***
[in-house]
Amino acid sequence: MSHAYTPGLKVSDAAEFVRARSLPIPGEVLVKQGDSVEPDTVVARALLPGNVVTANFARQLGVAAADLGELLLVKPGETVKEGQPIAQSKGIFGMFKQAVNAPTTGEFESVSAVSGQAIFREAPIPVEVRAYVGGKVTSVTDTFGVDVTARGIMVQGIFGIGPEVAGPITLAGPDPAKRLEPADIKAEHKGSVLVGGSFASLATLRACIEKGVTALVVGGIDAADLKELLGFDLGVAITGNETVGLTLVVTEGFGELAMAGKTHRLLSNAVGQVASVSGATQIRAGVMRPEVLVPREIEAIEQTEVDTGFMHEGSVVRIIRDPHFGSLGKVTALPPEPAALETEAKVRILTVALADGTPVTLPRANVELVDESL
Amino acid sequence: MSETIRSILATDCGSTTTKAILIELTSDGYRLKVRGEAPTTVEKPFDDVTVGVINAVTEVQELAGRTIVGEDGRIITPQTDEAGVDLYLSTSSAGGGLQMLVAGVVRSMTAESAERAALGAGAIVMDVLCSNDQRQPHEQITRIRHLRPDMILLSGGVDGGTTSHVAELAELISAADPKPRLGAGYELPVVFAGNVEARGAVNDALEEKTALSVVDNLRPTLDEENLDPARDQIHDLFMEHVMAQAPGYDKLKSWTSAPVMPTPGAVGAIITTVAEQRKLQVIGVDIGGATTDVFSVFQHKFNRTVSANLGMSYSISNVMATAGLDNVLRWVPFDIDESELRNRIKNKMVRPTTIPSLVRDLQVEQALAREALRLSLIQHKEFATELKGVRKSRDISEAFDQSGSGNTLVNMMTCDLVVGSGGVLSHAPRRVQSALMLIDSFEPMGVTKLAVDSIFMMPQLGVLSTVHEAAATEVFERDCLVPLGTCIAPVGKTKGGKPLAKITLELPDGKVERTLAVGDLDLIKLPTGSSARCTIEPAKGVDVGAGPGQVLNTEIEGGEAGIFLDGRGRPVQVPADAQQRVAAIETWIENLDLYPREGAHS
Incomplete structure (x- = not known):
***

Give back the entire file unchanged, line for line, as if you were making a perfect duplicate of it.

[in-house]
Amino acid sequence: MSHAYTPGLKVSDAAEFVRARSLPIPGEVLVKQGDSVEPDTVVARALLPGNVVTANFARQLGVAAADLGELLLVKPGETVKEGQPIAQSKGIFGMFKQAVNAPTTGEFESVSAVSGQAIFREAPIPVEVRAYVGGKVTSVTDTFGVDVTARGIMVQGIFGIGPEVAGPITLAGPDPAKRLEPADIKAEHKGSVLVGGSFASLATLRACIEKGVTALVVGGIDAADLKELLGFDLGVAITGNETVGLTLVVTEGFGELAMAGKTHRLLSNAVGQVASVSGATQIRAGVMRPEVLVPREIEAIEQTEVDTGFMHEGSVVRIIRDPHFGSLGKVTALPPEPAALETEAKVRILTVALADGTPVTLPRANVELVDESL
Amino acid sequence: MSETIRSILATDCGSTTTKAILIELTSDGYRLKVRGEAPTTVEKPFDDVTVGVINAVTEVQELAGRTIVGEDGRIITPQTDEAGVDLYLSTSSAGGGLQMLVAGVVRSMTAESAERAALGAGAIVMDVLCSNDQRQPHEQITRIRHLRPDMILLSGGVDGGTTSHVAELAELISAADPKPRLGAGYELPVVFAGNVEARGAVNDALEEKTALSVVDNLRPTLDEENLDPARDQIHDLFMEHVMAQAPGYDKLKSWTSAPVMPTPGAVGAIITTVAEQRKLQVIGVDIGGATTDVFSVFQHKFNRTVSANLGMSYSISNVMATAGLDNVLRWVPFDIDESELRNRIKNKMVRPTTIPSLVRDLQVEQALAREALRLSLIQHKEFATELKGVRKSRDISEAFDQSGSGNTLVNMMTCDLVVGSGGVLSHAPRRVQSALMLIDSFEPMGVTKLAVDSIFMMPQLGVLSTVHEAAATEVFERDCLVPLGTCIAPVGKTKGGKPLAKITLELPDGKVERTLAVGDLDLIKLPTGSSARCTIEPAKGVDVGAGPGQVLNTEIEGGEAGIFLDGRGRPVQVPADAQQRVAAIETWIENLDLYPREGAHS
Incomplete structure (x- = not known):